Héctor José Cámpora
Héctor José Cámpora was a dentist and Peronist politician. A major figure of left-wing Peronism Cámpora served as the 38th President of Argentina from 25 May until 13 July 1973 in order to arrange for Perón to run for president in an election he subsequently won. Cámpora, affectionately known as el Tío, was born as Héctor José Cámpora Demaestre on March 26, 1909, in the city of Mercedes, in the Province of Buenos Aires, he earned a degree in dentistry in Córdoba University and practiced his profession in his hometown before moving to nearby San Andrés de Giles. Cámpora knew General Juan Perón when the latter visited San Andrés de Giles as minister of labour in 1944. After Perón was elected president in 1946, Cámpora led an independent coalition of labourists and radicals and won a seat in the house of representatives, which he presided during the period 1948–1952, he was commissioned for a diplomatic trip through 17 countries as plenipotentiary ambassador in 1953. He was arrested and indicted for corruption and embezzlement by the Revolución Libertadora which overthrew Perón in 1955.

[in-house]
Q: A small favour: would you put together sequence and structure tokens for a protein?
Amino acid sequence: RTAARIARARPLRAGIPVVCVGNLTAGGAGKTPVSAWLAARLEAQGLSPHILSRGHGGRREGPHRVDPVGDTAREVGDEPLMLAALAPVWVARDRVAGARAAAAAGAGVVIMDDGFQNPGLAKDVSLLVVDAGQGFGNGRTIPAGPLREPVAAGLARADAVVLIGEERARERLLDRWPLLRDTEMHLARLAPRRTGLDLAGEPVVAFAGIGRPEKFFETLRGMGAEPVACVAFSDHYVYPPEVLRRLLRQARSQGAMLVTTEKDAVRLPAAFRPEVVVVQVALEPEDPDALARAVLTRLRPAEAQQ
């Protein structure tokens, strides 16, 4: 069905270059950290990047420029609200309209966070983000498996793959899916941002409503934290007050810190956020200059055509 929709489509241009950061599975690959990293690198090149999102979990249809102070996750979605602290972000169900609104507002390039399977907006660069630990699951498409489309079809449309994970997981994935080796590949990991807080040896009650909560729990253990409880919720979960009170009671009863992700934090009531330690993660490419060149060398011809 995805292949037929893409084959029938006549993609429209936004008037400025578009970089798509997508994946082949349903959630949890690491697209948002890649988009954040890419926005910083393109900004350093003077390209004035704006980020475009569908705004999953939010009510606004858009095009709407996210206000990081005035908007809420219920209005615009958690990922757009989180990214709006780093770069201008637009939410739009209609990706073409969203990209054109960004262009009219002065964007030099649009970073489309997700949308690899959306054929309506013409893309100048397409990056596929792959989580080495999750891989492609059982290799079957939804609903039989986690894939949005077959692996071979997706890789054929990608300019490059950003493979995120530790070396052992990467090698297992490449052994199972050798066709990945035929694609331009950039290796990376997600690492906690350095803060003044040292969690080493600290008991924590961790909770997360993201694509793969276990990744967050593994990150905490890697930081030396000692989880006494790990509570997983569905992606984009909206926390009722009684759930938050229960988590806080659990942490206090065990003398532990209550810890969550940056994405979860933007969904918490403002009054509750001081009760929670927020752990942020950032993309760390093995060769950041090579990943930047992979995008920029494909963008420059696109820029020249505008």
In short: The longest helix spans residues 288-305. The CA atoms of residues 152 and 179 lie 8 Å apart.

After fleeing the country in 1956, he returned three years when all the charges were dropped. Perón chose him as his "personal delegate" in 1971, he ran for president in 1973 to circumvent the veto on Perón's participation in the election, issued by Argentine dictator General Alejandro Lanusse. His running-mate was Vicente Solano Lima. Despite Cámpora's own left-leaning tendencies, Solano Lima belonged to the Popular Conservative Party. Cámpora won the March 1973 election with 49.6% of the votes. The Radical leader, Ricardo Balbín, had arrived second with 21.3%, but it was enough to include him in the runoff with Cámpora, as absolute majority was necessary to avoid a second ballot. However, he resigned his right in order to avoid a political crisis, recognized his defeat. Cámpora assumed his functions on 25 May 1973, in the presence of Chilean President Salvador Allende and Cuban President Osvaldo Dorticós. A million persons gathered on the Plaza de Mayo to acclaim the new President. One of Cámpora's first presidential actions was a granting of amnesty to members of terrorist organizations who had carried out political assassinations and terror attacks against military and police personnel and, tried and sentenced to prison by judges.